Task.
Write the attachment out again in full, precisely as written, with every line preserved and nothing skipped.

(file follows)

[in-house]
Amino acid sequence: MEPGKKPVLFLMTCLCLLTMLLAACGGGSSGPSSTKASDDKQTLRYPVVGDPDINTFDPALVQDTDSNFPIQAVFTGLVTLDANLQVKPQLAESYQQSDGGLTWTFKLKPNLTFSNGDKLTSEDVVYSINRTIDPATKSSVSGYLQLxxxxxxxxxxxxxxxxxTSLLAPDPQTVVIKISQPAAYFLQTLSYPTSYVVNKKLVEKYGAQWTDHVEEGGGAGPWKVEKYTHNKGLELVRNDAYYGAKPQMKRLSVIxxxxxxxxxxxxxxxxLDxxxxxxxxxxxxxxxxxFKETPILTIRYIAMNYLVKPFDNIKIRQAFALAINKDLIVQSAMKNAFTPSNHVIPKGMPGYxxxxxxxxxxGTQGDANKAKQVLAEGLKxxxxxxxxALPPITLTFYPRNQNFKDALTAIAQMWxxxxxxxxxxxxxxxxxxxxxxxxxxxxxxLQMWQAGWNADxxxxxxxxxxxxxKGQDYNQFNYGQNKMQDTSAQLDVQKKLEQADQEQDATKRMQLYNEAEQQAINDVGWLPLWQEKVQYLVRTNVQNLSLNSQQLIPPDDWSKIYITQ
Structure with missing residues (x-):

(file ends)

[in-house]
Amino acid sequence: MEPGKKPVLFLMTCLCLLTMLLAACGGGSSGPSSTKASDDKQTLRYPVVGDPDINTFDPALVQDTDSNFPIQAVFTGLVTLDANLQVKPQLAESYQQSDGGLTWTFKLKPNLTFSNGDKLTSEDVVYSINRTIDPATKSSVSGYLQLxxxxxxxxxxxxxxxxxTSLLAPDPQTVVIKISQPAAYFLQTLSYPTSYVVNKKLVEKYGAQWTDHVEEGGGAGPWKVEKYTHNKGLELVRNDAYYGAKPQMKRLSVIxxxxxxxxxxxxxxxxLDxxxxxxxxxxxxxxxxxFKETPILTIRYIAMNYLVKPFDNIKIRQAFALAINKDLIVQSAMKNAFTPSNHVIPKGMPGYxxxxxxxxxxGTQGDANKAKQVLAEGLKxxxxxxxxALPPITLTFYPRNQNFKDALTAIAQMWxxxxxxxxxxxxxxxxxxxxxxxxxxxxxxLQMWQAGWNADxxxxxxxxxxxxxKGQDYNQFNYGQNKMQDTSAQLDVQKKLEQADQEQDATKRMQLYNEAEQQAINDVGWLPLWQEKVQYLVRTNVQNLSLNSQQLIPPDDWSKIYITQ
Structure with missing residues (x-):